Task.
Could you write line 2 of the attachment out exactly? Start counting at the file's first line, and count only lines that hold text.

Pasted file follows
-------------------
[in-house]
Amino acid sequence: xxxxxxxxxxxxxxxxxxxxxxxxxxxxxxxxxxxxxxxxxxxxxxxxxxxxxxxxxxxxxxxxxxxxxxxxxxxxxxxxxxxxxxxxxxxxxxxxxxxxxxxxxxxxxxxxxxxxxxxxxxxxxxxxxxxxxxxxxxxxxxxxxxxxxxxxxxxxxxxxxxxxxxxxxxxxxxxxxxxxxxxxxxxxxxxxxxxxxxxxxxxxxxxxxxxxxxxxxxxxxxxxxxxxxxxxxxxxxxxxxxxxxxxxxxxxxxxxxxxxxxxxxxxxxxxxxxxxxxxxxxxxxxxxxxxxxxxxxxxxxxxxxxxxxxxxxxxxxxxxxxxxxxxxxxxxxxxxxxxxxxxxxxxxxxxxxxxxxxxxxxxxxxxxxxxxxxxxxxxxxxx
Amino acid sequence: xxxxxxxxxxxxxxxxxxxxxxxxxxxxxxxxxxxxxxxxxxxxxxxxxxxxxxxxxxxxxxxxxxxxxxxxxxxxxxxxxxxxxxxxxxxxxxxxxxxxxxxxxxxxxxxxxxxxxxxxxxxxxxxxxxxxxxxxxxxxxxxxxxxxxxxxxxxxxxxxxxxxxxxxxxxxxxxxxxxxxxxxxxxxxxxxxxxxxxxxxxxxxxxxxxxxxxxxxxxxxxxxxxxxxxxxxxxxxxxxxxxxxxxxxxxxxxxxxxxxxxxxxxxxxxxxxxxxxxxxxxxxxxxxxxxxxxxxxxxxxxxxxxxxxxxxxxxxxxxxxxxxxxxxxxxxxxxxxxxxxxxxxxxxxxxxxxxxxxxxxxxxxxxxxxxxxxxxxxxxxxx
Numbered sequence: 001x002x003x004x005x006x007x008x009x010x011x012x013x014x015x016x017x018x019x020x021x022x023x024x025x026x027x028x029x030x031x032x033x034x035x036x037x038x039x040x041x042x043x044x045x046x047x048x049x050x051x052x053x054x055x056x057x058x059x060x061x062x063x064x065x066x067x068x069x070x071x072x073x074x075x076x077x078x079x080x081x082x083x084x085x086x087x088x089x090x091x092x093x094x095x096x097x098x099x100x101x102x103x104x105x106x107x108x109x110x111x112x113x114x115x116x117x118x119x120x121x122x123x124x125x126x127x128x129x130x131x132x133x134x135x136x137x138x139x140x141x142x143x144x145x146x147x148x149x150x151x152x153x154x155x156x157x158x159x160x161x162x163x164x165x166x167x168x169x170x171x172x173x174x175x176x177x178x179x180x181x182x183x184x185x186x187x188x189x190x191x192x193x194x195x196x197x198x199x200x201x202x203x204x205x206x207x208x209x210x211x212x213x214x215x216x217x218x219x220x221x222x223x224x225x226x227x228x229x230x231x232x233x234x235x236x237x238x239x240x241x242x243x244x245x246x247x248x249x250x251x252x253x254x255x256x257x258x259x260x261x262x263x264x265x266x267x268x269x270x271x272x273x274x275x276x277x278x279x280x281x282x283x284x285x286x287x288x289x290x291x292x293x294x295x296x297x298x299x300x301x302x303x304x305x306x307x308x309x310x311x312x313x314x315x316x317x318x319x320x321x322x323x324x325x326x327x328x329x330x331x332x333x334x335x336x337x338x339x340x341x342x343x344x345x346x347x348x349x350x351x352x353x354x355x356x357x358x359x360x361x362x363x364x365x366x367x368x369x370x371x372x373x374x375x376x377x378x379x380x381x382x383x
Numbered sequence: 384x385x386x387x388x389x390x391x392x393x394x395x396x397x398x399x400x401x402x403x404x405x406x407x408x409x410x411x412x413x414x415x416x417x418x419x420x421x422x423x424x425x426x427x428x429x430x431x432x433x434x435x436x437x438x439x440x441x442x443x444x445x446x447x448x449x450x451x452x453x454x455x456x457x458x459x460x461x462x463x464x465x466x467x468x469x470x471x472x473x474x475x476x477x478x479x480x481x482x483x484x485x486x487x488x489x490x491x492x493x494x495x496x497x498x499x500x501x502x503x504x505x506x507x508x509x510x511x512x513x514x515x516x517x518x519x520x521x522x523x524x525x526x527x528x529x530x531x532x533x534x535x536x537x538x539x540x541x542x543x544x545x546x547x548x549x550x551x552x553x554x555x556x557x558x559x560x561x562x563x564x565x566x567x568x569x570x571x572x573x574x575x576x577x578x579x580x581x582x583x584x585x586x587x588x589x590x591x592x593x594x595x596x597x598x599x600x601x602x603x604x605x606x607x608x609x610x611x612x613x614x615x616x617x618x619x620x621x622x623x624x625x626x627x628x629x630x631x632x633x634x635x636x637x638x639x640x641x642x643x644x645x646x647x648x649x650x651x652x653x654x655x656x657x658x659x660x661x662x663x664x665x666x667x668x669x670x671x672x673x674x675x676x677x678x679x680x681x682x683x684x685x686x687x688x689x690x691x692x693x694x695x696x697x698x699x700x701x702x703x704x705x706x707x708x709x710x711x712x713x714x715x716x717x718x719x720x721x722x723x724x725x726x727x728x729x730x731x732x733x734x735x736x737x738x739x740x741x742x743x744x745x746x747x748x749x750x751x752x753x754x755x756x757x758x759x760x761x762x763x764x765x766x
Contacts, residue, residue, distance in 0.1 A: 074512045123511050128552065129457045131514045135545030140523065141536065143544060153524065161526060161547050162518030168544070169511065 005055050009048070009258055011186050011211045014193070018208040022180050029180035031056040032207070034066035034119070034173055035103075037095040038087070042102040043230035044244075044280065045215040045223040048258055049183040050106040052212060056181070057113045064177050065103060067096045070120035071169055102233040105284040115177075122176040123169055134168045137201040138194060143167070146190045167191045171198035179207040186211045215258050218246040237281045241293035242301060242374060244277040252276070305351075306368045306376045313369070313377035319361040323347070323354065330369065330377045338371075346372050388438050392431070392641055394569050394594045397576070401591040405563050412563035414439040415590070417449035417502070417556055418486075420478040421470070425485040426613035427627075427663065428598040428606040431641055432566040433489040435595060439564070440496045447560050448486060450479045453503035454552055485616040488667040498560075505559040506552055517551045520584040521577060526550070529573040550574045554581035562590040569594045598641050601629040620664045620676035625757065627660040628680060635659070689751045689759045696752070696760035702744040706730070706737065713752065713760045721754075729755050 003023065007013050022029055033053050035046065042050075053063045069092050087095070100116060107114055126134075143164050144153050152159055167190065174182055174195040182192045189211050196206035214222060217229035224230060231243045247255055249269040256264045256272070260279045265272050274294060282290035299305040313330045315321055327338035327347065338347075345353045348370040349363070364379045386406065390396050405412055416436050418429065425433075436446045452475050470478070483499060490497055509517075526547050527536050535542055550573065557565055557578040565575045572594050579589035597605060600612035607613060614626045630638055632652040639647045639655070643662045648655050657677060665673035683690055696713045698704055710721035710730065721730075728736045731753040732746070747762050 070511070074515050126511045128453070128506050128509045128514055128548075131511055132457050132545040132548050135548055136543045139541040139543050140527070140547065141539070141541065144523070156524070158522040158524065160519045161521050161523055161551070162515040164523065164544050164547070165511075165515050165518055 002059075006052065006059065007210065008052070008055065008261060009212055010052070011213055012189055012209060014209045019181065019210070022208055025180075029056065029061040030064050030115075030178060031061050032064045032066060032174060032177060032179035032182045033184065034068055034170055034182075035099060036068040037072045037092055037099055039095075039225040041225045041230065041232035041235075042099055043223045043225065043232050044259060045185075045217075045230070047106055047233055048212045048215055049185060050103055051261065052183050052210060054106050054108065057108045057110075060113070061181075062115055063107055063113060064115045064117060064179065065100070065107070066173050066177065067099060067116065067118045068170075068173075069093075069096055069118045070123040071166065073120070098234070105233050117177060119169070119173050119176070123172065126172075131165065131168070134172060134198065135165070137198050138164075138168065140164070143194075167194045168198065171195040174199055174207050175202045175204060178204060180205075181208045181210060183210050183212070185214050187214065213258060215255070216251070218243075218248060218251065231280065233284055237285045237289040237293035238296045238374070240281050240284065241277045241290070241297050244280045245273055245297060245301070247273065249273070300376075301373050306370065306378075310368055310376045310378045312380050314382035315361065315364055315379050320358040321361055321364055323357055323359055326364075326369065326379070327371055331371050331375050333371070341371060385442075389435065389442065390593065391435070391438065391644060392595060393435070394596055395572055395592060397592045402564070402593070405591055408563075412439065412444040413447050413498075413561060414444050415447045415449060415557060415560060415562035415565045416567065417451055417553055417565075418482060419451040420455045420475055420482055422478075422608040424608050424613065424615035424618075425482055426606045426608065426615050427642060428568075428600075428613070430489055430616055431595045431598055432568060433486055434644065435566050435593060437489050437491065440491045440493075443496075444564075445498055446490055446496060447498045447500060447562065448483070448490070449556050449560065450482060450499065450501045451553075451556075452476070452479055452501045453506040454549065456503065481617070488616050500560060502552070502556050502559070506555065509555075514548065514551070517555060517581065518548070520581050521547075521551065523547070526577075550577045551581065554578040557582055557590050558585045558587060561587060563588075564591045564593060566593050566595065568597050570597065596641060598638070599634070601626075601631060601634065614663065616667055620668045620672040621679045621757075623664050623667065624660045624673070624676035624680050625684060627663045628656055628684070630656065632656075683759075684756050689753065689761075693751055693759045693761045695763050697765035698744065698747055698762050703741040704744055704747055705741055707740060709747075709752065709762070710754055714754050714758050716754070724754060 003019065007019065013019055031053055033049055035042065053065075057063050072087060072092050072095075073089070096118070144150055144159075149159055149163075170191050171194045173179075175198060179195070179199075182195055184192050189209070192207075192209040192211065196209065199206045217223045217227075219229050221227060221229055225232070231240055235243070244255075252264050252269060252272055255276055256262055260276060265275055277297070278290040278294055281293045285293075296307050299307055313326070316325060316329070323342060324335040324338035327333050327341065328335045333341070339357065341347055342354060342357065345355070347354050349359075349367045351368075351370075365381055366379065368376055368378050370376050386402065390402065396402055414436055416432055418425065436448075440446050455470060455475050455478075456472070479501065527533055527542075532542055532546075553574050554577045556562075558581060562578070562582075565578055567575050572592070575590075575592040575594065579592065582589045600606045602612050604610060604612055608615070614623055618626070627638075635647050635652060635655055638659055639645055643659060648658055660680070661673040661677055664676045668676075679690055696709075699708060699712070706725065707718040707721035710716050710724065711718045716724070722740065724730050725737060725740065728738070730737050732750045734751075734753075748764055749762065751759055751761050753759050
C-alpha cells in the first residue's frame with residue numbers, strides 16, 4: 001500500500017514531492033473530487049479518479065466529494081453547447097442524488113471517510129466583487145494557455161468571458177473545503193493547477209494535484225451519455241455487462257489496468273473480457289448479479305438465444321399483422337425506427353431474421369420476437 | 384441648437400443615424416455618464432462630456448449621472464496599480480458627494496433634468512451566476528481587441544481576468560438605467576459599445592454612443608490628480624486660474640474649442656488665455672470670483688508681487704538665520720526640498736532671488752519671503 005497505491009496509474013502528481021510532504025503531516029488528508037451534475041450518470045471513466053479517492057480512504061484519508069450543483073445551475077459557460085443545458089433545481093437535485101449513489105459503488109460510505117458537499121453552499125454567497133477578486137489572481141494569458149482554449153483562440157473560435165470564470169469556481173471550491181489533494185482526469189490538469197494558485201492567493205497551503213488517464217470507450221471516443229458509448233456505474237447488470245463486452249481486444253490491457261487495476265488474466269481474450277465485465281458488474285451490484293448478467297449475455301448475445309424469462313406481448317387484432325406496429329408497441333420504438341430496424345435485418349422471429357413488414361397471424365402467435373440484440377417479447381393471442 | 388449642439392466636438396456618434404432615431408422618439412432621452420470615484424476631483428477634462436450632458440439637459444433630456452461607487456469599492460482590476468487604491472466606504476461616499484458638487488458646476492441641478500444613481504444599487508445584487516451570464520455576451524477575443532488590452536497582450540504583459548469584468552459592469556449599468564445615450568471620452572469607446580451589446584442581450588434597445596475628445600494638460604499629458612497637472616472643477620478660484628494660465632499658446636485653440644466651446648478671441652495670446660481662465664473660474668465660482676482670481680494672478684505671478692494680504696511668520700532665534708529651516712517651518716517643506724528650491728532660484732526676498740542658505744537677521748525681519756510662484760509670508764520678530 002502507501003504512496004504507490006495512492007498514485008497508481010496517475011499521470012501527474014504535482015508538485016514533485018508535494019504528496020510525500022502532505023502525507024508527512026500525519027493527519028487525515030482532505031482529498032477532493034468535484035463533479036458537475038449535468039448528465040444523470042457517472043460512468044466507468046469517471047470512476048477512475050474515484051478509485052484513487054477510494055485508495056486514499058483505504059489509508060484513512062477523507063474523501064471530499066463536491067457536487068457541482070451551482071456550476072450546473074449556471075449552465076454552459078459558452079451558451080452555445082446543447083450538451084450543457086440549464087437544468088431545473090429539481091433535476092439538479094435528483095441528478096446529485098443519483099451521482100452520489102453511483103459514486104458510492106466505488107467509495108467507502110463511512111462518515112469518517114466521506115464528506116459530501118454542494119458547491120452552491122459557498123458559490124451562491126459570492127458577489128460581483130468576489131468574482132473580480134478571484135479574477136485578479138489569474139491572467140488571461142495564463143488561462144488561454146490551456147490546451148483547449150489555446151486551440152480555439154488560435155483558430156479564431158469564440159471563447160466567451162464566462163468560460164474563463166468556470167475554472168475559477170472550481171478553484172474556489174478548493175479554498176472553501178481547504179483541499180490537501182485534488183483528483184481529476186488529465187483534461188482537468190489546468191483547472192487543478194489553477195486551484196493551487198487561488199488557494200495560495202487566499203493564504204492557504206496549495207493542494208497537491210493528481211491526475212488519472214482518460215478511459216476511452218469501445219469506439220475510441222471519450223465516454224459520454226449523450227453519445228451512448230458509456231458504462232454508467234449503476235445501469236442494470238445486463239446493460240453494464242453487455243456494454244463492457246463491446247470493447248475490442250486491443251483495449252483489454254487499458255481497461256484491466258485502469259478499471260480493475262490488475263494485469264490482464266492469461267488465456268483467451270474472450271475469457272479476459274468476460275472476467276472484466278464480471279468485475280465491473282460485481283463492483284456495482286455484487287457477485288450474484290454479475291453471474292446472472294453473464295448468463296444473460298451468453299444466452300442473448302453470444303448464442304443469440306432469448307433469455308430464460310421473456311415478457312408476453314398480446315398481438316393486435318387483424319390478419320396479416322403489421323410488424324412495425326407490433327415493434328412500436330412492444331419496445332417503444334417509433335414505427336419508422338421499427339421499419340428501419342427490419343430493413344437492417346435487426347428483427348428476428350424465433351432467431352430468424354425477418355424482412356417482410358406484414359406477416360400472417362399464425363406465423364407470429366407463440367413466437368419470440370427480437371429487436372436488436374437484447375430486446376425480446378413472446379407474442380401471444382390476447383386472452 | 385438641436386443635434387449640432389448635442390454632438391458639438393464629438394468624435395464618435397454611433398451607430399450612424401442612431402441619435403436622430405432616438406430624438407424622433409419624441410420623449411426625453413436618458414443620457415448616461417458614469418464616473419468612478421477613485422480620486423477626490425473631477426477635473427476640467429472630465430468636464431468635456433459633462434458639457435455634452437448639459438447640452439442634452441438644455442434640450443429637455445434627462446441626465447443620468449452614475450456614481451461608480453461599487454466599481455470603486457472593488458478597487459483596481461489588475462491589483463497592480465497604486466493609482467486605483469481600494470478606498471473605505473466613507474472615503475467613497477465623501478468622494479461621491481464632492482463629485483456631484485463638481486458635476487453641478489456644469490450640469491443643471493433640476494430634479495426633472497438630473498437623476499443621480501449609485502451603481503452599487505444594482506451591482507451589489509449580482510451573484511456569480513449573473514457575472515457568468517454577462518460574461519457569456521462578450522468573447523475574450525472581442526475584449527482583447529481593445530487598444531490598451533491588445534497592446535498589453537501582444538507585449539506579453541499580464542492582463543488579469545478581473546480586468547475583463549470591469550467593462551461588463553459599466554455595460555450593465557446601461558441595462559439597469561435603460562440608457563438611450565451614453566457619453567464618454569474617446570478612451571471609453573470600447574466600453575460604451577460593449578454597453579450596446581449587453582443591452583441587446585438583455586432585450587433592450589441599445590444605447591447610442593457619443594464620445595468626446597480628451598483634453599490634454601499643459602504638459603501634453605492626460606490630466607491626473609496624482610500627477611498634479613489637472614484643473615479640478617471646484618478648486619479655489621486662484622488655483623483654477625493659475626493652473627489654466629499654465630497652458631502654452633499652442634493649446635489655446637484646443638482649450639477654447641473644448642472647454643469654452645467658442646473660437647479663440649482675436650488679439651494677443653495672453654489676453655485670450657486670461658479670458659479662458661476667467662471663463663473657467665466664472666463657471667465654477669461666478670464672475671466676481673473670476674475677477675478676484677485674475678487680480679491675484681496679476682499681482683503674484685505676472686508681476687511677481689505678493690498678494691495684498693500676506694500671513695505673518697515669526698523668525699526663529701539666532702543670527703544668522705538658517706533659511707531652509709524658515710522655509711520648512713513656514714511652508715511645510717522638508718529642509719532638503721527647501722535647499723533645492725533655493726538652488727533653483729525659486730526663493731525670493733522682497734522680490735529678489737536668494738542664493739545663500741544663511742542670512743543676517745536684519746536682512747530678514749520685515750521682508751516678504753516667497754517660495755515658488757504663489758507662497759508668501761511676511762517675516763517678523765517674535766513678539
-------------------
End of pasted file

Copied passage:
Amino acid sequence: xxxxxxxxxxxxxxxxxxxxxxxxxxxxxxxxxxxxxxxxxxxxxxxxxxxxxxxxxxxxxxxxxxxxxxxxxxxxxxxxxxxxxxxxxxxxxxxxxxxxxxxxxxxxxxxxxxxxxxxxxxxxxxxxxxxxxxxxxxxxxxxxxxxxxxxxxxxxxxxxxxxxxxxxxxxxxxxxxxxxxxxxxxxxxxxxxxxxxxxxxxxxxxxxxxxxxxxxxxxxxxxxxxxxxxxxxxxxxxxxxxxxxxxxxxxxxxxxxxxxxxxxxxxxxxxxxxxxxxxxxxxxxxxxxxxxxxxxxxxxxxxxxxxxxxxxxxxxxxxxxxxxxxxxxxxxxxxxxxxxxxxxxxxxxxxxxxxxxxxxxxxxxxxxxxxxxxxxxxxxxxx